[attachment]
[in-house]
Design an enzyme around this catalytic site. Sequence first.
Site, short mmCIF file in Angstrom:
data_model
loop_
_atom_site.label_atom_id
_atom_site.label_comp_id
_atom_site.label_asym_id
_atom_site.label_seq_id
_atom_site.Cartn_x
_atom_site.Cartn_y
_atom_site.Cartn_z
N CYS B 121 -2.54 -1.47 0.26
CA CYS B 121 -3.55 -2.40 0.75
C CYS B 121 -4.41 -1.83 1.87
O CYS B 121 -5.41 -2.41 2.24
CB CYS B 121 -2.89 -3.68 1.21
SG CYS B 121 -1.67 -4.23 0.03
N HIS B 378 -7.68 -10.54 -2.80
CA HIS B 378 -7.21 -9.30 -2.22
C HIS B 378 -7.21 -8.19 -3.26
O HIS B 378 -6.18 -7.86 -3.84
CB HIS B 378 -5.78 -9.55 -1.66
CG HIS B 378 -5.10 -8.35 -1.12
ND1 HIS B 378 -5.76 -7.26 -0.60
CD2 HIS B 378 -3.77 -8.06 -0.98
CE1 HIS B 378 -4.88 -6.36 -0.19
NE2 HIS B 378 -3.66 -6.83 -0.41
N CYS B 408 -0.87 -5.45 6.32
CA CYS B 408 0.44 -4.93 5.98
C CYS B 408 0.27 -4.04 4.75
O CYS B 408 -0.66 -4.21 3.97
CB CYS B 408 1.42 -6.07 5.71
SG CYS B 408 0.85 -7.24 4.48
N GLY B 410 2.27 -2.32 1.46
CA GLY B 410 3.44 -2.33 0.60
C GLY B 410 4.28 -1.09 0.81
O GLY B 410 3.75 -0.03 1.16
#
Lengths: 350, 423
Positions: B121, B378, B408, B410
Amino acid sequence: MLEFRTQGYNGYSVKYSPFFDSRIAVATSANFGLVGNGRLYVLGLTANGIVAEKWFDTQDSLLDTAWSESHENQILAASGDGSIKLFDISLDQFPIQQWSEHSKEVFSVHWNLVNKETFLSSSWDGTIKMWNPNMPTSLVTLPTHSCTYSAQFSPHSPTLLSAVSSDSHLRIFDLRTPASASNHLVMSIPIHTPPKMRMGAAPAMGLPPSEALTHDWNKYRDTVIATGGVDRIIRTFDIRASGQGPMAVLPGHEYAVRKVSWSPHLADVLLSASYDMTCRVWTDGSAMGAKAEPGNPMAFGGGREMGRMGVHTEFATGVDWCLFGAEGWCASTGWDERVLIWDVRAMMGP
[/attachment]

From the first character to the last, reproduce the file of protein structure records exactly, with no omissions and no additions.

[in-house]
Design an enzyme around this catalytic site. Sequence first.
Site, short mmCIF file in Angstrom:
data_model
loop_
_atom_site.label_atom_id
_atom_site.label_comp_id
_atom_site.label_asym_id
_atom_site.label_seq_id
_atom_site.Cartn_x
_atom_site.Cartn_y
_atom_site.Cartn_z
N CYS B 121 -2.54 -1.47 0.26
CA CYS B 121 -3.55 -2.40 0.75
C CYS B 121 -4.41 -1.83 1.87
O CYS B 121 -5.41 -2.41 2.24
CB CYS B 121 -2.89 -3.68 1.21
SG CYS B 121 -1.67 -4.23 0.03
N HIS B 378 -7.68 -10.54 -2.80
CA HIS B 378 -7.21 -9.30 -2.22
C HIS B 378 -7.21 -8.19 -3.26
O HIS B 378 -6.18 -7.86 -3.84
CB HIS B 378 -5.78 -9.55 -1.66
CG HIS B 378 -5.10 -8.35 -1.12
ND1 HIS B 378 -5.76 -7.26 -0.60
CD2 HIS B 378 -3.77 -8.06 -0.98
CE1 HIS B 378 -4.88 -6.36 -0.19
NE2 HIS B 378 -3.66 -6.83 -0.41
N CYS B 408 -0.87 -5.45 6.32
CA CYS B 408 0.44 -4.93 5.98
C CYS B 408 0.27 -4.04 4.75
O CYS B 408 -0.66 -4.21 3.97
CB CYS B 408 1.42 -6.07 5.71
SG CYS B 408 0.85 -7.24 4.48
N GLY B 410 2.27 -2.32 1.46
CA GLY B 410 3.44 -2.33 0.60
C GLY B 410 4.28 -1.09 0.81
O GLY B 410 3.75 -0.03 1.16
#
Lengths: 350, 423
Positions: B121, B378, B408, B410
Amino acid sequence: MLEFRTQGYNGYSVKYSPFFDSRIAVATSANFGLVGNGRLYVLGLTANGIVAEKWFDTQDSLLDTAWSESHENQILAASGDGSIKLFDISLDQFPIQQWSEHSKEVFSVHWNLVNKETFLSSSWDGTIKMWNPNMPTSLVTLPTHSCTYSAQFSPHSPTLLSAVSSDSHLRIFDLRTPASASNHLVMSIPIHTPPKMRMGAAPAMGLPPSEALTHDWNKYRDTVIATGGVDRIIRTFDIRASGQGPMAVLPGHEYAVRKVSWSPHLADVLLSASYDMTCRVWTDGSAMGAKAEPGNPMAFGGGREMGRMGVHTEFATGVDWCLFGAEGWCASTGWDERVLIWDVRAMMGP